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The Energy Portal
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Welcome to Wikipedia's Energy portal, your gateway to energy. This portal is aimed at giving you access to all energy related topics in all of its forms.

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The Sun is the source of energy for most of life on Earth. As a star, the Sun is heated to high temperatures by the conversion of nuclear binding energy due to the fusion of hydrogen in its core. This energy is ultimately transferred (released) into space mainly in the form of radiant (light) energy.

In physics, energy is the quantitative property that must be transferred to an object in order to perform work on, or to heat, the object. Energy is a conserved quantity; the law of conservation of energy states that energy can be converted in form, but not created or destroyed. The SI unit of energy is the joule, which is the energy transferred to an object by the work of moving it a distance of 1 metre against a force of 1 newton.

Common forms of energy include the kinetic energy of a moving object, the potential energy stored by an object's position in a force field (gravitational, electric or magnetic), the elastic energy stored by stretching solid objects, the chemical energy released when a fuel burns, the radiant energy carried by light, and the thermal energy due to an object's temperature.

Mass and energy are closely related. Due to mass–energy equivalence, any object that has mass when stationary (called rest mass) also has an equivalent amount of energy whose form is called rest energy, and any additional energy (of any form) acquired by the object above that rest energy will increase the object's total mass just as it increases its total energy. For example, after heating an object, its increase in energy could be measured as a small increase in mass, with a sensitive enough scale.

Living organisms require available energy to stay alive, such as the energy humans get from food. Human civilization requires energy to function, which it gets from energy resources such as fossil fuels, nuclear fuel, or renewable energy. The processes of Earth's climate and ecosystem are driven by the radiant energy Earth receives from the sun and the geothermal energy contained within the earth.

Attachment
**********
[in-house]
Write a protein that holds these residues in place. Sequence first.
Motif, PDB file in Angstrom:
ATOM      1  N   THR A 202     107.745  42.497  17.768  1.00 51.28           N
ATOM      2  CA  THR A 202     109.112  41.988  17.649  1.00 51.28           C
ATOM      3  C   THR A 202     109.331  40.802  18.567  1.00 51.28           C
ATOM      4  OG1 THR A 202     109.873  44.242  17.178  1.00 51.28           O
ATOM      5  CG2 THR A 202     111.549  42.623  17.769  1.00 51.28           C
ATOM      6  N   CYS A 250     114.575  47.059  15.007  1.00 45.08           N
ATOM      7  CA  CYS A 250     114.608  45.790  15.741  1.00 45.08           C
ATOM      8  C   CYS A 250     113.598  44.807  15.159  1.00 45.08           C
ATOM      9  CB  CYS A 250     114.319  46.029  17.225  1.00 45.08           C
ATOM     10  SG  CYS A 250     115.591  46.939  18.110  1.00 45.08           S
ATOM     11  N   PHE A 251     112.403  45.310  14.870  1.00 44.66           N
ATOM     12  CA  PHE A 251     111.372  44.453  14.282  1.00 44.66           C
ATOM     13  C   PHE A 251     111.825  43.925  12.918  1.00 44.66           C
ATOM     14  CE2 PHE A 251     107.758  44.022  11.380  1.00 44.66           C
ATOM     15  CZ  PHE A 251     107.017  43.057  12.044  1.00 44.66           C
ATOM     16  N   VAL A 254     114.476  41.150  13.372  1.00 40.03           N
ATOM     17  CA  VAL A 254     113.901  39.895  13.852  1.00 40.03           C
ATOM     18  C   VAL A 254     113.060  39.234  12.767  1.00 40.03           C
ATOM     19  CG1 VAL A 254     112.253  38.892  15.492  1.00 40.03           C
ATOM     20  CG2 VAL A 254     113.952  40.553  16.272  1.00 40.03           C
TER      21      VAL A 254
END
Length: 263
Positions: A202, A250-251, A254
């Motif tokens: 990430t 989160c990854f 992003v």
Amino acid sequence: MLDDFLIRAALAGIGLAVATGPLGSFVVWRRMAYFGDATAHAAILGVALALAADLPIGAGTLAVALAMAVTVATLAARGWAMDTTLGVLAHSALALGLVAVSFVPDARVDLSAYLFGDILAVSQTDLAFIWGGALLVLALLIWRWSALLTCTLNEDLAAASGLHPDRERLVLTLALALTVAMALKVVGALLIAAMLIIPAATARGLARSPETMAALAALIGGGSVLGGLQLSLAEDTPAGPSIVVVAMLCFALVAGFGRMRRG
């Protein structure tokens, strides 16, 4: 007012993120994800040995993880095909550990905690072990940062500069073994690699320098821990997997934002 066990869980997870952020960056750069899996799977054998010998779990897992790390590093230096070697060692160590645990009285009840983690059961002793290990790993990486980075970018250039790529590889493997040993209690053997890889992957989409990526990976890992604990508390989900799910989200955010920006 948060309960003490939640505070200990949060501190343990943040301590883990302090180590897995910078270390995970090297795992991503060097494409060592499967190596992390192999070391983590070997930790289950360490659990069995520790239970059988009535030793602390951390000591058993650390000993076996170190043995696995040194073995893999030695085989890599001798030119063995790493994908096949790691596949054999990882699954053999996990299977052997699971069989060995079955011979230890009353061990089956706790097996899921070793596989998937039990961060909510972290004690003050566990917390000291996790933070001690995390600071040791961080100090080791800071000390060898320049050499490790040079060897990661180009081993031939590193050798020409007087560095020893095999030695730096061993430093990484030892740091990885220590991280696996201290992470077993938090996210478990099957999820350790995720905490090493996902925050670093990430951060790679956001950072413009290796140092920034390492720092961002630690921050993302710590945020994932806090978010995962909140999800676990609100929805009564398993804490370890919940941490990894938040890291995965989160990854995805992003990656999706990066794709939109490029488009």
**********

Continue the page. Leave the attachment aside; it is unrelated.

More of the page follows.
Selected article

The 781 MW Roscoe Wind Farm at sunrise.
Wind power in Texas consists of many wind farms with a total installed nameplate capacity of 12,355 MW from over 40 different projects. Texas produces the most wind power of any U.S. state. Wind power accounted for 9% of the electricity generated in Texas during 2014.

The wind resource in many parts of Texas is very large. Farmers may lease their land to wind developers, creating a new revenue stream for the farm. The wind power industry is also creating thousands of jobs for local communities and for the state. Texas is seen as a profit-driven leader of renewable energy commercialization in the United States. The wind boom in Texas was assisted by expansion of the state’s Renewable Portfolio Standard, use of designated Competitive Renewable Energy Zones, expedited transmission construction, and the necessary Public Utility Commission rule-making.

The Roscoe Wind Farm (781 MW) is the state's largest wind farm. Other large wind farms in Texas include: Horse Hollow Wind Energy Center, Sherbino Wind Farm, Capricorn Ridge Wind Farm, Sweetwater Wind Farm, Buffalo Gap Wind Farm, King Mountain Wind Farm, Desert Sky Wind Farm, Wildorado Wind Ranch, and the Brazos Wind Farm. Read more...

Selected image

Coal power plant Datteln 2 Crop1.png

Photo credit: From an image by Arnold Paul
Coal-fired power stations transform chemical energy into 36%-48% electricity and 52%-64% waste heat.

Did you know?

  • Adriatic LNG is the world's first offshore gravity-based structure LNG regasification terminal?
  • Scotland has 85% of the United Kingdom's hydro-electric energy resource?

Selected biography

Marion King Hubbert (1903–1989) was a geophysicist who made several important contributions to geology and geophysics, most notably the Hubbert curve and Hubbert peak theory (or peak oil), with important political ramifications.

Born in Texas, Hubbert studied geology, mathematics, and physics at the University of Chicago. He pursued his Ph.D. while working for the Amerada Petroleum Company, then worked for the Shell Oil Company from 1943 until 1964. On leaving Shell he became a senior research geophysicist for the United States Geological Survey until retiring in 1976. Hubbert was also a professor at Stanford University and at UC Berkeley.

Hubbert is most well-known for his studies on the capacities of oil fields and natural gas reserves. He predicted that, for any given geographical area, the rate of petroleum production over time would resemble a bell curve. At the 1956 meeting of the American Petroleum Institute, Hubbert predicted that United States petroleum production would peak in the late 1960s or early 1970s. He became famous when his prediction came true in 1970.

In 1974, Hubbert projected that global oil production would peak in 1995 "if current trends continue". Various subsequent predictions have been made by others as trends have fluctuated in the intervening years. Hubbert's theory, and its implications for the world economy, remain controversial. Read more...


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